How Conspiracy Theorists Are Disrupting Efforts To Fight Human Trafficking : 1A How can you reach someone who's starting to believe conspiracies?

"Part of QAnon is to completely reject reality ... you have to get to people before they get there," says NBC's Ben Collins.

Want to support 1A? Give to your local public radio station and subscribe to this podcast. Have questions? Find us on Twitter @1A.
NPR logo

How Conspiracy Theorists Are Disrupting Efforts To Fight Human Trafficking

  • Download
  • <iframe src="https://www.npr.org/player/embed/923019289/923688783" width="100%" height="290" frameborder="0" scrolling="no" title="NPR embedded audio player">
How Conspiracy Theorists Are Disrupting Efforts To Fight Human Trafficking

1A

How Conspiracy Theorists Are Disrupting Efforts To Fight Human Trafficking

How Conspiracy Theorists Are Disrupting Efforts To Fight Human Trafficking

  • Download
  • <iframe src="https://www.npr.org/player/embed/923019289/923688783" width="100%" height="290" frameborder="0" scrolling="no" title="NPR embedded audio player">

A protestor holds a sign during a "Save our Children" rally outside Downing Street in London, England. Conspiracy theorists have recently coopted #SaveTheChildren to find new followers. Hollie Adams/Hollie Adams/Getty Images hide caption

toggle caption
Hollie Adams/Hollie Adams/Getty Images

A protestor holds a sign during a "Save our Children" rally outside Downing Street in London, England. Conspiracy theorists have recently coopted #SaveTheChildren to find new followers.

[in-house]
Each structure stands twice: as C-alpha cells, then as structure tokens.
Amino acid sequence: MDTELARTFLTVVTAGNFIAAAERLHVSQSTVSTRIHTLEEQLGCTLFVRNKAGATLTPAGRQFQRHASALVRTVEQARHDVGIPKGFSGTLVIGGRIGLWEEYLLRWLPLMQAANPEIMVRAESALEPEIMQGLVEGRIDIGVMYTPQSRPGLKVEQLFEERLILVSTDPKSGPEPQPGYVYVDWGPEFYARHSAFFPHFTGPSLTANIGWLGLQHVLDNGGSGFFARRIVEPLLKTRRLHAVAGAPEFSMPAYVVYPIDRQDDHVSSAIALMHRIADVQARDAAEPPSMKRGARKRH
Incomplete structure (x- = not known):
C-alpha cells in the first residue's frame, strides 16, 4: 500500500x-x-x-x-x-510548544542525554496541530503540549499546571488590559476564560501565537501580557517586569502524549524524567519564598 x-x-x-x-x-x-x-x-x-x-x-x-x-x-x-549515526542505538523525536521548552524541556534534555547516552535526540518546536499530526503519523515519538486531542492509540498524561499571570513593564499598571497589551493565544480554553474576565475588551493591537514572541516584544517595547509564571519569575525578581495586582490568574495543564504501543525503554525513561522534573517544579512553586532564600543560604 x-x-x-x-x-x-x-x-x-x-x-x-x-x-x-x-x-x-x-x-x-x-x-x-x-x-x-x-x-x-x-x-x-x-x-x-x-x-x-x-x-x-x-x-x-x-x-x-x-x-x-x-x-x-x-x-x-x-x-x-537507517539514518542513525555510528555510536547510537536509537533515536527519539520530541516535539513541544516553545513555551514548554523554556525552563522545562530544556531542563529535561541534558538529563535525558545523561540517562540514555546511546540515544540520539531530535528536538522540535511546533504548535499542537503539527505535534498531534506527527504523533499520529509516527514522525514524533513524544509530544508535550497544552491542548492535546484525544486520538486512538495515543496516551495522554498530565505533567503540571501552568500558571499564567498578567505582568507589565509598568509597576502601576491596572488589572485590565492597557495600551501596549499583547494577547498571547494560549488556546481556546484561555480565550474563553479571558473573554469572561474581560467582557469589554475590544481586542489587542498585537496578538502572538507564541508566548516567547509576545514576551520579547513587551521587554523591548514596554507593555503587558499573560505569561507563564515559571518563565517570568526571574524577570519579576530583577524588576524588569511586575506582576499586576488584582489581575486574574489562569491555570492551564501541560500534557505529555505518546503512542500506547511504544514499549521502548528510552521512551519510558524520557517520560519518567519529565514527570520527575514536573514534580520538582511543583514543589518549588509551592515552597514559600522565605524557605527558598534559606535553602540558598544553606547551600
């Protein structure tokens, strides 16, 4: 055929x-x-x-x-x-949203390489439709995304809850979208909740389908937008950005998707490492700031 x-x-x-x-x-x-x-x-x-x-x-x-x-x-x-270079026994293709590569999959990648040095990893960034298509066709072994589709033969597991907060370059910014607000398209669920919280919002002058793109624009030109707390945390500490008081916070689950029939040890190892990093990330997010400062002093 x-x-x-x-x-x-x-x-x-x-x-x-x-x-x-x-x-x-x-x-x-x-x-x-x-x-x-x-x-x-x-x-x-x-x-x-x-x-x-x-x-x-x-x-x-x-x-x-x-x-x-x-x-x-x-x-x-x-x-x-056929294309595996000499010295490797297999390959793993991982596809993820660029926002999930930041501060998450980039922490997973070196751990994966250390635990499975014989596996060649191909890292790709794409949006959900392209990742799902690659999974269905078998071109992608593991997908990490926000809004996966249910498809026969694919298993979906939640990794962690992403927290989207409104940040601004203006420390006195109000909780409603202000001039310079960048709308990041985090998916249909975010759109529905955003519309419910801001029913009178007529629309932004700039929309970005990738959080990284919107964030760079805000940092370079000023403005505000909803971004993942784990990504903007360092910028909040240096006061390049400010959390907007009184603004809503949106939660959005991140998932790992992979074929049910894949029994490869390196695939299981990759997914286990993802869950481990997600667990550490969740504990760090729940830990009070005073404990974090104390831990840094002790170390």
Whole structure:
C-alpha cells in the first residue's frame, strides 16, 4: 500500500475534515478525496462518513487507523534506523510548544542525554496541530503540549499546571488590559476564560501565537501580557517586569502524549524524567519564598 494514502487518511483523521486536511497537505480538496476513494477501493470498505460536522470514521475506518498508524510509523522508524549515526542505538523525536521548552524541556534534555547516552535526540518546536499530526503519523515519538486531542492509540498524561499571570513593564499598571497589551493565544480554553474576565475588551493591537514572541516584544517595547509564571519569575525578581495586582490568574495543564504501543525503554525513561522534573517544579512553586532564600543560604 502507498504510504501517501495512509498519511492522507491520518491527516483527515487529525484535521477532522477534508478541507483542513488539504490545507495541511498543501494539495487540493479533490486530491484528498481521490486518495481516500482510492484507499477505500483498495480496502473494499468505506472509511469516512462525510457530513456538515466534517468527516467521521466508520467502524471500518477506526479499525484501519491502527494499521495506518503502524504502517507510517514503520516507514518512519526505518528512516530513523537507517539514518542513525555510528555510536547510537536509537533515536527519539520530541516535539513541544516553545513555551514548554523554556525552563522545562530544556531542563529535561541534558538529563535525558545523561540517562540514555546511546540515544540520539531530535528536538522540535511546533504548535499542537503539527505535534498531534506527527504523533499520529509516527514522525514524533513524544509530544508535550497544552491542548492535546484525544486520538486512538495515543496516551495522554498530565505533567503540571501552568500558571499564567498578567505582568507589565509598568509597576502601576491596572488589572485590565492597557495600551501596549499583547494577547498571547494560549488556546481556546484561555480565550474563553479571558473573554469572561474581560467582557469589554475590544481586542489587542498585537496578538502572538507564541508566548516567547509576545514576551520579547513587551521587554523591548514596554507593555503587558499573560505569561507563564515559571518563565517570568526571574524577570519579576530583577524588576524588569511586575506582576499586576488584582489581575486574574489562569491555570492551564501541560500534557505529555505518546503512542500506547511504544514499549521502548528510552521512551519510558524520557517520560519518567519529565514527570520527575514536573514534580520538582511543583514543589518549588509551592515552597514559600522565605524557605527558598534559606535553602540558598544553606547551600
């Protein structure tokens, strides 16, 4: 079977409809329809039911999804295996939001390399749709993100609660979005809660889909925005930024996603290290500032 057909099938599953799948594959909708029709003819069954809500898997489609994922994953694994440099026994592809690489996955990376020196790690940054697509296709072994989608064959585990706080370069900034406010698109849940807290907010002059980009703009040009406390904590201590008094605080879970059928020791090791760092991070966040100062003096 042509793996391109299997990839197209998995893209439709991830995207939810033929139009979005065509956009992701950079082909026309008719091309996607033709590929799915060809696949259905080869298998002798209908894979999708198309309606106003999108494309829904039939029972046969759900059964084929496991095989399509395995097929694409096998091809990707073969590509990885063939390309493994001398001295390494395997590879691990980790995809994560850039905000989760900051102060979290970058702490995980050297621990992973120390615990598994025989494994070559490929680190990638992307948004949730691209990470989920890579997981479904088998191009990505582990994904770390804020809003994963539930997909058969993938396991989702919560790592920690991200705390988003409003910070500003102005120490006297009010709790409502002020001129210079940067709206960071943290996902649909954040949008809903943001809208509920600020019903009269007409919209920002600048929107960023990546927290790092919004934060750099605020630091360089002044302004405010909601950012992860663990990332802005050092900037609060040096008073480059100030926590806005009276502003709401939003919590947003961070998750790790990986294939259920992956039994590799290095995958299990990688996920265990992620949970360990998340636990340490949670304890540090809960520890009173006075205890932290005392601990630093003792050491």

Hollie Adams/Hollie Adams/Getty Images

QAnon is a group that believes in a host of far-fetched, baseless conspiracy theories.

One of them is that a cabal of Satan-worshipping pedophiles runs a child sex-trafficking ring. They say the Democrats are in on it and President Donald Trump is trying to save the children. Again: These are conspiracies. There is no evidence to support these claims.

About two dozen candidates running for Congress this election cycle are followers, including Republican Marjorie Douglas Greene, who is very likely to win a House seat in Georgia.

Fake conspiracies about children getting trafficked are getting in the way of real efforts to fight human trafficking.

How did we get here? What can we do about it? And how can we talk to the people we care about who might believe these conspiracy theories?

We spoke with journalists Ben Collins and Kevin Roose to learn more about QAnon.

We also talked with the director of the US National Human Trafficking Hotline Megan Cutter about how QAnon is harming their efforts to fight human trafficking and Rep. Tom Malinowski (D-N.J.) about his recent bill in Congress to denounce QAnon.

Like what you hear? Find more of our programs on our website.